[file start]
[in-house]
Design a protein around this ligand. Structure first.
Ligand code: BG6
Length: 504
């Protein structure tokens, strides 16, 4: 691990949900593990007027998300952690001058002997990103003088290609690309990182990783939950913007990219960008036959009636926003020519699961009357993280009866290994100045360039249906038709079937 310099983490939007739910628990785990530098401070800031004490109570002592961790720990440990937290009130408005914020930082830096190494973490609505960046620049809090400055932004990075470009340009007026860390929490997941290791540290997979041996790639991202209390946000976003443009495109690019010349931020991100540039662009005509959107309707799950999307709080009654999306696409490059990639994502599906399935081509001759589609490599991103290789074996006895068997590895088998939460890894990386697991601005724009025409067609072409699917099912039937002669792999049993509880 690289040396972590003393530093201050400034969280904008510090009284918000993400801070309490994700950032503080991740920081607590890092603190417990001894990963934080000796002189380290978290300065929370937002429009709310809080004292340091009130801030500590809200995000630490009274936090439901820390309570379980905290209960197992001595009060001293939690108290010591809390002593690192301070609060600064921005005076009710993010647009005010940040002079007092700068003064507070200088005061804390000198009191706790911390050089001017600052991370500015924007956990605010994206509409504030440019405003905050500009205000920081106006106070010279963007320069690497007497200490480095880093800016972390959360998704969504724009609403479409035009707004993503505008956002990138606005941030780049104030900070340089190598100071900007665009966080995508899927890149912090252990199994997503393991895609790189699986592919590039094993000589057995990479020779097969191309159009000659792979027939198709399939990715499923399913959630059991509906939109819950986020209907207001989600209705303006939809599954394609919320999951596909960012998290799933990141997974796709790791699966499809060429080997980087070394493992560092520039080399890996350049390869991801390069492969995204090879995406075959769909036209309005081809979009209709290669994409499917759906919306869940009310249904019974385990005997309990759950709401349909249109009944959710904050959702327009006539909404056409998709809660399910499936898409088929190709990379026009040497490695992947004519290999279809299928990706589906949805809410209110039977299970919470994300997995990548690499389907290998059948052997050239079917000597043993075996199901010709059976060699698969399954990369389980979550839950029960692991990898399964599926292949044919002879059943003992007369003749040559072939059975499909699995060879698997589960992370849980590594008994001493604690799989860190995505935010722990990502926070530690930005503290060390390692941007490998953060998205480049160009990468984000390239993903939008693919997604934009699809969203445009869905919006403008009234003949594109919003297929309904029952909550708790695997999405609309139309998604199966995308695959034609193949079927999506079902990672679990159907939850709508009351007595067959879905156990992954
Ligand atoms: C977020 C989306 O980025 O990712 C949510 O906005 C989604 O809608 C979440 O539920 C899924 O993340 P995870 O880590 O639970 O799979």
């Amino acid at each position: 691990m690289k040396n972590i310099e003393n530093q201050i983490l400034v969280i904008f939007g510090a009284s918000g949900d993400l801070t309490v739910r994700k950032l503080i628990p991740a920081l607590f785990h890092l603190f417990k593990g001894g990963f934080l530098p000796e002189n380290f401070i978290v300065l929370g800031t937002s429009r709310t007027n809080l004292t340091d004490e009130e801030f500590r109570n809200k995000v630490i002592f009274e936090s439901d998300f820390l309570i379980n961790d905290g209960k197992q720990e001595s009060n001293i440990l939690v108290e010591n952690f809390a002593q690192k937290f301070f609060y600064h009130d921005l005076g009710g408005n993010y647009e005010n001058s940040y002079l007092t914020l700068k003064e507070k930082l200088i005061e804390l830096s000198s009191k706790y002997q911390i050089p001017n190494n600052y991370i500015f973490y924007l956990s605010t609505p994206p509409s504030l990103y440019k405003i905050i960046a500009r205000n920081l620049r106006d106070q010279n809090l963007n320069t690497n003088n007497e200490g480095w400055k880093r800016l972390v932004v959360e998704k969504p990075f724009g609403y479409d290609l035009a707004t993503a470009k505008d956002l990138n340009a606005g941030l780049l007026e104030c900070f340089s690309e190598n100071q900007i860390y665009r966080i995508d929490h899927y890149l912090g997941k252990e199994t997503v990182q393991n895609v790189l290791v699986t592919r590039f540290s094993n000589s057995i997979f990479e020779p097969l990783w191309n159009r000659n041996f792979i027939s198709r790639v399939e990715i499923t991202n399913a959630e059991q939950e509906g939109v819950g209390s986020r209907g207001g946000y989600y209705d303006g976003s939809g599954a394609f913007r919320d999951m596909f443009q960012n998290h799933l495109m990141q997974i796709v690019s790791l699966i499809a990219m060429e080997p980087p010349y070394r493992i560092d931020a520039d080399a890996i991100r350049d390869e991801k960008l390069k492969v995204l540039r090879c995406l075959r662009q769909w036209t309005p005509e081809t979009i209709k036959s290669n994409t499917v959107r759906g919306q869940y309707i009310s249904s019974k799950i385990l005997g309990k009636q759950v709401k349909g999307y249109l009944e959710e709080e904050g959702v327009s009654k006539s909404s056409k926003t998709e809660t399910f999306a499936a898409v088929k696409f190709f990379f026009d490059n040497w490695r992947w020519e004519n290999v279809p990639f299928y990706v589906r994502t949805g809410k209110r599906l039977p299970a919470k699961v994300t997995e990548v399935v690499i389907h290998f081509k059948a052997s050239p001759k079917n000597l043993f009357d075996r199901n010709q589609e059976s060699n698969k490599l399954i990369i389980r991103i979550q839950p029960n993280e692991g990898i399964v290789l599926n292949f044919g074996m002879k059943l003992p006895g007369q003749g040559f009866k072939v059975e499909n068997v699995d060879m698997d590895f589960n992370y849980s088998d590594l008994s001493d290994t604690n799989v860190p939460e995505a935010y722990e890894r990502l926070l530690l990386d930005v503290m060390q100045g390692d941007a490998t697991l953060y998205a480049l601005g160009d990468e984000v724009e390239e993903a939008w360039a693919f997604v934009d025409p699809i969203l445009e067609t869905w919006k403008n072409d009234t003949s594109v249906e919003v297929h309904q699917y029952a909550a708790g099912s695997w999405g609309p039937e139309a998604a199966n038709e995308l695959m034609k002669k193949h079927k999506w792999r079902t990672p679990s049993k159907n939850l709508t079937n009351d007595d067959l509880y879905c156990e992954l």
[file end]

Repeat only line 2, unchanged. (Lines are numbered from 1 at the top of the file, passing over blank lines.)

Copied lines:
Design a protein around this ligand. Structure first.